Thomas Kwoyelo appears at a pre-trial hearing at the High Court in Gulu on 15 August 2016.
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What is causing the delays in Thomas Kwoyelo's trial?

12 May 2017 - 17:05

It has been several years since proceedings began against Thomas Kwoyelo at the International Crimes Division of the High Court of Uganda (the ICD). Kwoyelo is now facing over 70 charges of crimes against humanity, kidnap, pillaging, and murder among several others of that character and is said to have been a commander under the Lord’s Resistance Army.

Given the gravity of the offences allegedly committed and the fact that this will be the first trial for an alleged LRA commander taking place in Uganda, one would expect a huge turn up at the court to listen to the proceedings or even to have a look at Kwoyelo himself.

However, the proceedings have not received as much publicity as they ought to. This could be attributed to various reasons including several delays in the start of the trial.

Who is Thomas Kwoyelo?

Thomas Kwoyelo, also known as Latoni, is alleged to have become a commander within the LRA after being captured by the rebel group as a child. He is also alleged to have operated and terrorized the areas of Pabbo in present day Amuru District in northern Uganda.

In 2009 he was captured by the UPDF while in active battle in the Garamba hills in the DRC. Following his return, he was brought before and faced charges at the ICD in 2011.

The Ugandan community has not been very engaged in the proceedings while few people are even aware of who Thomas Kwoyelo is. It may be right to mention that the Kwoyelo case, though being heard here in Uganda, has been overshadowed by the Dominic Ongwen trial at the ICC in The Hague.

Delays

Also, the case has had its share of delays: first there was a series of hearings to decide whether Kwoyelo was eligible for amnesty in terms of Uganda’s Amnesty Act. That went all the way to the Supreme Court where in April 2015 it was held that Kwoyelo should stand trial.

After this, the beginning of Kwoyelo’s trial was set to begin in May of 2016, however, this was postponed due to various reasons including the need to pass rules to guide the proceedings at the ICD and their attendant technicalities. Other challenges have included the disclosure of evidence by the prosecution and Kwoyelo’s lawyers and the court obtaining funds to allow it to hold its hearings in Gulu.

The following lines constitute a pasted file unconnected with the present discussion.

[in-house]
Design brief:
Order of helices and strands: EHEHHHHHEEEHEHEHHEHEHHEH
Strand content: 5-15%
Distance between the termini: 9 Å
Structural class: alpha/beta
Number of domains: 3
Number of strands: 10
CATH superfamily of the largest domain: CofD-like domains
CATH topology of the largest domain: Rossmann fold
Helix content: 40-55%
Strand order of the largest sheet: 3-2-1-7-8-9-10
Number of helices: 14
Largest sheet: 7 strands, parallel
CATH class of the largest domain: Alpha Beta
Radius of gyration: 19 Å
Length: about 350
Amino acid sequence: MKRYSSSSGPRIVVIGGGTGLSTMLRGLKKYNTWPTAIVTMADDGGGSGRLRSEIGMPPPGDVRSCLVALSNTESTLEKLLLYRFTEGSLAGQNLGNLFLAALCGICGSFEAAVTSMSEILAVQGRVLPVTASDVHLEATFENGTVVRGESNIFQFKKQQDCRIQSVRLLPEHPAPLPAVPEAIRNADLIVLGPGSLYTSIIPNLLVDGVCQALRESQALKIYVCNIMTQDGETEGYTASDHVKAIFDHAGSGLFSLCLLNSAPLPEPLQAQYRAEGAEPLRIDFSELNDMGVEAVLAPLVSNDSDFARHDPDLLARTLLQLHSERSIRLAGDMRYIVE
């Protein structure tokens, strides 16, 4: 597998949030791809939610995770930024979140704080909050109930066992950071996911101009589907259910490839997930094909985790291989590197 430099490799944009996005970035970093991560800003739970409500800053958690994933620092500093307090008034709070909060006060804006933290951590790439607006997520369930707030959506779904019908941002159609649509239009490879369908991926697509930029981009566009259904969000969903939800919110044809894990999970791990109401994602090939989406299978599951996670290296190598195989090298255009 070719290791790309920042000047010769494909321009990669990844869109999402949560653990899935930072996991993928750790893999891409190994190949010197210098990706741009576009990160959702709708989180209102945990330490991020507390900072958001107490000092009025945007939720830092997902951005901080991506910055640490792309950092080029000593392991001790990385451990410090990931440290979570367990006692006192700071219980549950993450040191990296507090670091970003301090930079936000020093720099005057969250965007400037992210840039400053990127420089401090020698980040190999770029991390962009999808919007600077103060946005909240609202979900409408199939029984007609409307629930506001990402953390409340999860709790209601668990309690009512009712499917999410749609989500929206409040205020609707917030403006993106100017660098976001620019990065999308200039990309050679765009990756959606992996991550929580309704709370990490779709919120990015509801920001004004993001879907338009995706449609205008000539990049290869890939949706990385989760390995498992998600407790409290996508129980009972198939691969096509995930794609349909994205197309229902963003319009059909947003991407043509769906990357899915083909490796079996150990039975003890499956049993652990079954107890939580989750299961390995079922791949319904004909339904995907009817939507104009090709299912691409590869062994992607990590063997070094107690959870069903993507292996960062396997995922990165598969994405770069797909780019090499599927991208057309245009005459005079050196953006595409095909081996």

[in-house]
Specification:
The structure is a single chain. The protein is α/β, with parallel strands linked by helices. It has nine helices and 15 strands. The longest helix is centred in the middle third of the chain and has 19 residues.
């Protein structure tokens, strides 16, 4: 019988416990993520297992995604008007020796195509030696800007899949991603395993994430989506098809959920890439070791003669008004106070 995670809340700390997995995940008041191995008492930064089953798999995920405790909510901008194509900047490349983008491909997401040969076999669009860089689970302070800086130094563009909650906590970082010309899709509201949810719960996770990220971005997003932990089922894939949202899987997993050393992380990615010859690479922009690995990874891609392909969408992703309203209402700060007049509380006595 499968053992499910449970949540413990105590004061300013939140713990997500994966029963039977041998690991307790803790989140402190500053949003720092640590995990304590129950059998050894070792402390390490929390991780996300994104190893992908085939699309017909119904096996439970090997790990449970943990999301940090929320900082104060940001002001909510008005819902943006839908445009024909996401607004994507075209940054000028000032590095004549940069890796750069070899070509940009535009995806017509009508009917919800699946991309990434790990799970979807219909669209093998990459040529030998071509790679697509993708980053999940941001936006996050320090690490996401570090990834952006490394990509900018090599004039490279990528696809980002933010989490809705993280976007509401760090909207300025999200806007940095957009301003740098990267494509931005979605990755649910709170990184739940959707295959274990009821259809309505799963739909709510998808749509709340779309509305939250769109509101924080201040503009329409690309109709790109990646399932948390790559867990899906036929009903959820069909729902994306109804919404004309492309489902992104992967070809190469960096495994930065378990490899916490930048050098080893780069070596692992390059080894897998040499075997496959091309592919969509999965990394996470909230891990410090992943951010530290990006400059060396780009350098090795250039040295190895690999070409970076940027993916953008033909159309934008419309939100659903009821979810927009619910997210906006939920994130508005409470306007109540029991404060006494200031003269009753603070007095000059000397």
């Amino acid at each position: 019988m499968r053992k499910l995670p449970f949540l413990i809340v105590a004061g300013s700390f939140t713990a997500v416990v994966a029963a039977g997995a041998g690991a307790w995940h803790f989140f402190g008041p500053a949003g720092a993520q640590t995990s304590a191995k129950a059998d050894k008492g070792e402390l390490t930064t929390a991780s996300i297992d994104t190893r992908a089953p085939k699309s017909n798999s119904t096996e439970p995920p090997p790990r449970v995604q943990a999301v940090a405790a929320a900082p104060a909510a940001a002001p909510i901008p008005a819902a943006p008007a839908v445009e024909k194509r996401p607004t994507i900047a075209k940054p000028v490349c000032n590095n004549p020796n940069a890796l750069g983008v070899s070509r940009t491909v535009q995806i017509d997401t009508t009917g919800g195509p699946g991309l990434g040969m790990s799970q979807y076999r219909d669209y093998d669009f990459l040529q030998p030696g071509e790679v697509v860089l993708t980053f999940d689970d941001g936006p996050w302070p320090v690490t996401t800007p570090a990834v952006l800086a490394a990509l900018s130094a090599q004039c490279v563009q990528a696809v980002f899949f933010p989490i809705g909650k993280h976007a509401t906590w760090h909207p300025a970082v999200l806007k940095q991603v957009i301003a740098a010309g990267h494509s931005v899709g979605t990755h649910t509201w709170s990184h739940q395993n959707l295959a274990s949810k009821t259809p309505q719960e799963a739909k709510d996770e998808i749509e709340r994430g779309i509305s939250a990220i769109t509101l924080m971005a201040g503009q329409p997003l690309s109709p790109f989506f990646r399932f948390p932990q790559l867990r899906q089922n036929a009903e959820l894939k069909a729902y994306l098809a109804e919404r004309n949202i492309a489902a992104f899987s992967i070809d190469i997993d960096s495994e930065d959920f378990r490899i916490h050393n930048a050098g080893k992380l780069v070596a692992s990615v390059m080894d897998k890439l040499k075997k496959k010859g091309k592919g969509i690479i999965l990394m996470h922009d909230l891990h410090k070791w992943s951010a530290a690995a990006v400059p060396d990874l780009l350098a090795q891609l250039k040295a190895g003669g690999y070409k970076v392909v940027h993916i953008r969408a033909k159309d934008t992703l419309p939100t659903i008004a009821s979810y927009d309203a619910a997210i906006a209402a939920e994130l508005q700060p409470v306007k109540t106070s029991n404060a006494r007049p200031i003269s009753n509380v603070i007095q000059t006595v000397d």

Currently, the Kwoyelo case is at a pre-trial stage where the confirmation of his new charges is yet to be done. If these charges are confirmed, a full trial will follow.

Adjourned

According to the ICD Registry, this confirmation of charges hearing was scheduled to take place on 10 May 2017. However, this did not happen as the prosecution had filed their pleadings late, leaving the defence not enough time to prepare before the due date.

At a previous hearing, the court had also adjourned the matter to allow the prosecution enough time to prepare a proper indictment to include the necessary applicable laws.

Part of the charges against Kwoyelo are brought under what is known as “customary international law”, which is a set of legal rules that come from the practice of countries, as opposed to written treaties or international agreements.

However, this has raised an issue because the Ugandan constitution prohibits trial and punishment for acts which were at the time they were committed not a crime. Kwoyelo’s defense lawyers have objected to the use of this set of international practices saying they have no premise in the Ugandan legal system and are therefore a “non-existing law”.

This is an issue that may call for the matter to be referred to the Constitutional Court for interpretation which may mean further delays in the matter.

Enough time

The matter will be heard again on 12 June 2017. This is to give defence enough time to respond to the application by prosecution, and also to allow the prosecution enough time to respond to the defence. Enough time is needed because it is quite a technical matter and it is vital that both parties be ready by the time of hearing on the due date.

On the day of the initially scheduled 10 May hearing, both the lawyers for the prosecution and the defence together with the judge in the matter were also attending an NGO-organised workshop in Entebbe.

Brenda Nanyunja is a volunteer researcher at the International Centre for Transitional Justice (ICTJ) Uganda. She holds an LLM in Transnational Criminal Justice from the University of the Western Cape in Cape Town, South Africa. She is reporting on the Thomas Kwoyelo case for Let’s Talk, Uganda from Kampala.

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